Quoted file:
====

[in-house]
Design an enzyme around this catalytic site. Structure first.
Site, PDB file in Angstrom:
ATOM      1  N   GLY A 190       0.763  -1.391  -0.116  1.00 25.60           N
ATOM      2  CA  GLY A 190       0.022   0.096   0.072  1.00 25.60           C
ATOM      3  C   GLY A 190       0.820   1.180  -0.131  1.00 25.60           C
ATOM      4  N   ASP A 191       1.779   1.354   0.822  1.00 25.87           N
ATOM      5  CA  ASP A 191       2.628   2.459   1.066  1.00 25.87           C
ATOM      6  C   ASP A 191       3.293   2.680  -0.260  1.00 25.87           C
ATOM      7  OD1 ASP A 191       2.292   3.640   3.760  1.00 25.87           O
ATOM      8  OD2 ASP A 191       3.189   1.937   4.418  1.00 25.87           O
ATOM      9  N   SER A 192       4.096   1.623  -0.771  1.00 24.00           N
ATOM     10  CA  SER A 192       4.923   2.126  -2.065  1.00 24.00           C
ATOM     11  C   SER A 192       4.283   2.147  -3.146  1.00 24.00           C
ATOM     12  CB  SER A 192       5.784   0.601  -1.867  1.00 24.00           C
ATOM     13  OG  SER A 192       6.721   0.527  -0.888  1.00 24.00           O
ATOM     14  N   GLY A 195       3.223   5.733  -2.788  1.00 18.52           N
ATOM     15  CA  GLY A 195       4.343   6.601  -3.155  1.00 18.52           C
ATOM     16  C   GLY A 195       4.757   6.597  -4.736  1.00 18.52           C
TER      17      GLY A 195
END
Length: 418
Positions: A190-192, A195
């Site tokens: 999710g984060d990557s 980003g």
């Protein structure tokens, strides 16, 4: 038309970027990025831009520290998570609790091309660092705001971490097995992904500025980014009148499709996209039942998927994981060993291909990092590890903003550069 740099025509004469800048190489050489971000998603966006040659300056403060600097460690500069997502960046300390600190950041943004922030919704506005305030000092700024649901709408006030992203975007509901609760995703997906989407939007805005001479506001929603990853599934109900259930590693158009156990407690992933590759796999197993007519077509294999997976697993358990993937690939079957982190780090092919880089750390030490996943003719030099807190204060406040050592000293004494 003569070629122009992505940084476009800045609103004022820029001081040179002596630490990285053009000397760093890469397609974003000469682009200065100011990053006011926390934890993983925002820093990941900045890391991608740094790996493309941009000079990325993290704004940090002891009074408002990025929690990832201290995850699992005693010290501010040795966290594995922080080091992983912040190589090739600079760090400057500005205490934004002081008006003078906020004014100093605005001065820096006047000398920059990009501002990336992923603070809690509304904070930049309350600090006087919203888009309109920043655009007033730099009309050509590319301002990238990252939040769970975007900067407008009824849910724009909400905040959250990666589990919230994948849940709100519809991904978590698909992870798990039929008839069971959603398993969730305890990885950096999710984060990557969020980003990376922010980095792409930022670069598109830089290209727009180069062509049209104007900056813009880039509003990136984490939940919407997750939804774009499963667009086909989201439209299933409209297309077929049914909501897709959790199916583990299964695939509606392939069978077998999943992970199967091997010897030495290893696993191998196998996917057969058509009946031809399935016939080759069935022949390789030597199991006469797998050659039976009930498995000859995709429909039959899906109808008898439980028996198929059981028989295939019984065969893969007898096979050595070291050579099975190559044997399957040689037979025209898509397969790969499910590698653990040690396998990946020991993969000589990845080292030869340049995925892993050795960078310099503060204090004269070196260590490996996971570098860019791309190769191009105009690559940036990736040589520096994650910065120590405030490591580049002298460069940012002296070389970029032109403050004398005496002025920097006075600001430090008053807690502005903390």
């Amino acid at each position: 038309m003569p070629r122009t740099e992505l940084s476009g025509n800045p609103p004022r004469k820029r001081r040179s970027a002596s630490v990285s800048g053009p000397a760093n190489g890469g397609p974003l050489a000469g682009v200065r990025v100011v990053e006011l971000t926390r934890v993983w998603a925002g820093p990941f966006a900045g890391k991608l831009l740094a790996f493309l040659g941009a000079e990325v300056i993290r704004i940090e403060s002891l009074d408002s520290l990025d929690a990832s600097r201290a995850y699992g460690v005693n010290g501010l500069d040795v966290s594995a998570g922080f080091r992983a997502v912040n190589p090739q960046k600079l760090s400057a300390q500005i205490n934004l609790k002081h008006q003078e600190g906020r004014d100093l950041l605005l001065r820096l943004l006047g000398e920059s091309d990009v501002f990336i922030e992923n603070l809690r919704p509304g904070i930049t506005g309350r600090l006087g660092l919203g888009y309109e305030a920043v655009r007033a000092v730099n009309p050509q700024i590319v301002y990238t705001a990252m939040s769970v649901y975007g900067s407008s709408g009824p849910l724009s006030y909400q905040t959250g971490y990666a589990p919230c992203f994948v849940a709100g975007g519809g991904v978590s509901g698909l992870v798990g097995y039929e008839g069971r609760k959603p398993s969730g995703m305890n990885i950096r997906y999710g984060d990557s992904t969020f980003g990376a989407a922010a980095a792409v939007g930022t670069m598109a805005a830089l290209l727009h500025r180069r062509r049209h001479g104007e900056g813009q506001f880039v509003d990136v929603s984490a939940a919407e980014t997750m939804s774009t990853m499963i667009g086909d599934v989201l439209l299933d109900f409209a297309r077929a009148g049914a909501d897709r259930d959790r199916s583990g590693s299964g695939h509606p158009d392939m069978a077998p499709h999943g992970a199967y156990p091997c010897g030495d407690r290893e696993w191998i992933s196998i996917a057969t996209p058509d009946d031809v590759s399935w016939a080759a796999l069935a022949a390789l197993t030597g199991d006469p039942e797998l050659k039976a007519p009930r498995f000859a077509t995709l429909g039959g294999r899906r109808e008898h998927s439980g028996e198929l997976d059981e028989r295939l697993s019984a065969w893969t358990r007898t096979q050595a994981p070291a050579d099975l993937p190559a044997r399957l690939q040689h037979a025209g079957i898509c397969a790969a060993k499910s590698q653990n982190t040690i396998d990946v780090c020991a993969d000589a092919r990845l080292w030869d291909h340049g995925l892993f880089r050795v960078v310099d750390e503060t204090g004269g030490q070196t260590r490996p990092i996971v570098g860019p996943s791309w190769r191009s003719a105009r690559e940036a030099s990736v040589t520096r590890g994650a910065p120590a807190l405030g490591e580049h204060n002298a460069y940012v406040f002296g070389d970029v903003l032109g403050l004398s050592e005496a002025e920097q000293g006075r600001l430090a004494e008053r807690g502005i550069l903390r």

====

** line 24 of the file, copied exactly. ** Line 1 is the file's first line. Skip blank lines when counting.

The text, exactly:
């Site tokens: 999710g984060d990557s 980003g």